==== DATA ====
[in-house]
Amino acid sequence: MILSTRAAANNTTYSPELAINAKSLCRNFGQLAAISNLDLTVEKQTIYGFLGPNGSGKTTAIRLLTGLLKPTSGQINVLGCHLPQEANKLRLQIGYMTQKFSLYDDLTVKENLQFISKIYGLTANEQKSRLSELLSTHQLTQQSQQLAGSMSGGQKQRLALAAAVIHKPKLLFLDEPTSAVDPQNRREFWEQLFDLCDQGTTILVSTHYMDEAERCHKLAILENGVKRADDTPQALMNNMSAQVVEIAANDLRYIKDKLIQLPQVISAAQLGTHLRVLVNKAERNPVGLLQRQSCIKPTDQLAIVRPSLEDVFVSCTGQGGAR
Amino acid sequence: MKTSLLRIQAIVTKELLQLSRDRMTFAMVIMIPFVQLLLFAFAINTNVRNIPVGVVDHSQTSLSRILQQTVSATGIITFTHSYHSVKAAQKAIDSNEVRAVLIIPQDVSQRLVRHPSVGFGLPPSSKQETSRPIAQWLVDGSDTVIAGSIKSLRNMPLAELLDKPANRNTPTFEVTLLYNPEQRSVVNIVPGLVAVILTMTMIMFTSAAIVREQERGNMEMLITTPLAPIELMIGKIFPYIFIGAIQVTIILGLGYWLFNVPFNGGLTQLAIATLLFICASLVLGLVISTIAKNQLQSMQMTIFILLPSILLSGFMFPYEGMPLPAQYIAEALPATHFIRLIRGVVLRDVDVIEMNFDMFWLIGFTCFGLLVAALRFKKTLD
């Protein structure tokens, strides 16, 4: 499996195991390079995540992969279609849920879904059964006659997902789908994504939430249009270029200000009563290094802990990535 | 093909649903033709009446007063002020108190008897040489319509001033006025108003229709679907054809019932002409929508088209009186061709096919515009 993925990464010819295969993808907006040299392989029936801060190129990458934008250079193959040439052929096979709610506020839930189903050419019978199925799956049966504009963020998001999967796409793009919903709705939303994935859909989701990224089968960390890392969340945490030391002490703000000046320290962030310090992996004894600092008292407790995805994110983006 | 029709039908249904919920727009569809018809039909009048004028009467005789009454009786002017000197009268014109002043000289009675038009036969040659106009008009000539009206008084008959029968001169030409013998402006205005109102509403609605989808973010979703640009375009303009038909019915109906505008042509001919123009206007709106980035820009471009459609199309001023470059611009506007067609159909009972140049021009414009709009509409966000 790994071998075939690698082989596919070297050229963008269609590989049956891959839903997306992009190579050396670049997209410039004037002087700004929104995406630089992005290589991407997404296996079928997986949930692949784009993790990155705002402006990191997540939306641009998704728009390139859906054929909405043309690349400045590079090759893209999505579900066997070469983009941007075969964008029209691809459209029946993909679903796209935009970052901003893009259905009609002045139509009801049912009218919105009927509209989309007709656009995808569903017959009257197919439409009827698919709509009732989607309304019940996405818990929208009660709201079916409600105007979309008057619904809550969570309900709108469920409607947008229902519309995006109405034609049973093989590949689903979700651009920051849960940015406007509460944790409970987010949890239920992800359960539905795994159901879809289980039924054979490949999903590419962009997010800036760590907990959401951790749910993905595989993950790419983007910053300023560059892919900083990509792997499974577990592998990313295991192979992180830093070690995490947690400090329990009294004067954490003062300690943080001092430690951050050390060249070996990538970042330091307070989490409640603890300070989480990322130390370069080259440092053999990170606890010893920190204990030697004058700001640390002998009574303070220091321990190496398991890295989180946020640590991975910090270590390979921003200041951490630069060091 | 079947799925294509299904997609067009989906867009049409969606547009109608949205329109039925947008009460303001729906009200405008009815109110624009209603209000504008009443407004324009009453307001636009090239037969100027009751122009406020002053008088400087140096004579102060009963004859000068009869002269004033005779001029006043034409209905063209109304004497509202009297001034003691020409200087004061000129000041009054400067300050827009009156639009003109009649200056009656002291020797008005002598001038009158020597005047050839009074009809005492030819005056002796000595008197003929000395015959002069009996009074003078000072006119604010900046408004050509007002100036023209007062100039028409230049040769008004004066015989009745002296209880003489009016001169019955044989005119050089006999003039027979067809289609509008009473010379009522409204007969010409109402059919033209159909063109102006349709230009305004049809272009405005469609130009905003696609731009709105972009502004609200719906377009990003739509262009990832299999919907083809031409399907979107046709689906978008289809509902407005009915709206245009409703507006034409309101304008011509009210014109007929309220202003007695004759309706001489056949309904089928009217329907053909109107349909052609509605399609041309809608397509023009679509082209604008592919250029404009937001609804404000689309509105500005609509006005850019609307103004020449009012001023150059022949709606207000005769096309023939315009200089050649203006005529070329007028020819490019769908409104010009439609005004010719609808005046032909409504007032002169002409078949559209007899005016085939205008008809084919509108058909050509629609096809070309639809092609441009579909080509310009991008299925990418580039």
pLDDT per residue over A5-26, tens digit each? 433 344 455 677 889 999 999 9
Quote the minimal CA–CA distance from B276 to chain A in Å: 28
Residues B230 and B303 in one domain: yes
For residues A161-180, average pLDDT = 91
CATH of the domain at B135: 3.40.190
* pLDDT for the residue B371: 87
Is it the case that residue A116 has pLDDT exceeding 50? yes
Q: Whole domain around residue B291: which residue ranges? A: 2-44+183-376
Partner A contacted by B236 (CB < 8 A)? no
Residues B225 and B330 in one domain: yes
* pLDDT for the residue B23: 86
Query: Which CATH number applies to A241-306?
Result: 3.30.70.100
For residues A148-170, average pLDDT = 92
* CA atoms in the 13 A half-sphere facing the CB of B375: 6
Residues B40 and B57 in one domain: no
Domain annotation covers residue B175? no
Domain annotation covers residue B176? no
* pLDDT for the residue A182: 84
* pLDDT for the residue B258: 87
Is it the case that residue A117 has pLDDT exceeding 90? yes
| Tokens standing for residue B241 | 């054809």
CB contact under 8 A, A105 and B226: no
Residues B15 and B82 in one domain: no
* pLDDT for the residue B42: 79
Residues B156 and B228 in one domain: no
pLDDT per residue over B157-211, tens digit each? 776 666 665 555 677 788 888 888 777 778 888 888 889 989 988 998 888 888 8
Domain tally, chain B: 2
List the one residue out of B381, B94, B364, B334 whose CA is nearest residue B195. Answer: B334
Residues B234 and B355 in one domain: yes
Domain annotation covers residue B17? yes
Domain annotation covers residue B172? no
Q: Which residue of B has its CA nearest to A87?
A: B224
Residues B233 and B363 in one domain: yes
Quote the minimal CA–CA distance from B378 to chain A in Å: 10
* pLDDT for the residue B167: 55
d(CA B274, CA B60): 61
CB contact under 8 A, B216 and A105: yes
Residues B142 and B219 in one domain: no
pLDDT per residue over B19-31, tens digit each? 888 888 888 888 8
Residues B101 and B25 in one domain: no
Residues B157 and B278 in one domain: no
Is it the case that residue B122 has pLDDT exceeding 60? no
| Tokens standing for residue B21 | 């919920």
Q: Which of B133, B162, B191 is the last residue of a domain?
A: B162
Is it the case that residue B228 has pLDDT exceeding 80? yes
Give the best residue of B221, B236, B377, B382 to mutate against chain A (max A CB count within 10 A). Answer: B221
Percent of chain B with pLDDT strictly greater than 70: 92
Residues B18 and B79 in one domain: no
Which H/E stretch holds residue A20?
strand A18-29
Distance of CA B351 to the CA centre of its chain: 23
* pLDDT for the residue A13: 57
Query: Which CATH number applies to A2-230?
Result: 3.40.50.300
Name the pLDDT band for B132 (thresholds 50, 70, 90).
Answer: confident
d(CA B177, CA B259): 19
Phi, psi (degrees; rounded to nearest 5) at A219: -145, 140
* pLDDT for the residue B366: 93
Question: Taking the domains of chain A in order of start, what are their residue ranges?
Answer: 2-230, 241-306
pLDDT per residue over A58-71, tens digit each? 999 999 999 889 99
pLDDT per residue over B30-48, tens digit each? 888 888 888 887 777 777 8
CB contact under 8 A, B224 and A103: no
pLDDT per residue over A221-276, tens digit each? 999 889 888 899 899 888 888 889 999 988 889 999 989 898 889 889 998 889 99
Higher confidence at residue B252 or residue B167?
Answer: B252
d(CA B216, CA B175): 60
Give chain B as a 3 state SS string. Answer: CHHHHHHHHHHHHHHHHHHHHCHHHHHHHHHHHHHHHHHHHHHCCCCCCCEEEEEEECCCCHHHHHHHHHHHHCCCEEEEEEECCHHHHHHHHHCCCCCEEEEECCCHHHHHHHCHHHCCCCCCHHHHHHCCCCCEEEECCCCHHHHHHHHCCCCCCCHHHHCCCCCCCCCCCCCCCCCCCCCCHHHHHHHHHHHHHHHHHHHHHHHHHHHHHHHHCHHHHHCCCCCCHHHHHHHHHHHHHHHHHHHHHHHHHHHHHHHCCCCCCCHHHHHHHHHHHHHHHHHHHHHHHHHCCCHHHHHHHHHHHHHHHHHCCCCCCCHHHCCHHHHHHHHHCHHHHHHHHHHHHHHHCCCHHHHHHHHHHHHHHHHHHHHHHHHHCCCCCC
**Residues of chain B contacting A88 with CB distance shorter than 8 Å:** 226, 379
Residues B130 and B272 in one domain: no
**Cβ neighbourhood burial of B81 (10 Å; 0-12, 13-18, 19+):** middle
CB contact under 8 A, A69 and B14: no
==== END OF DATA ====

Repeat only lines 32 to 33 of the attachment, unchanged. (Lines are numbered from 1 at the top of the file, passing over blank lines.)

Domain tally, chain B: 2
List the one residue out of B381, B94, B364, B334 whose CA is nearest residue B195. Answer: B334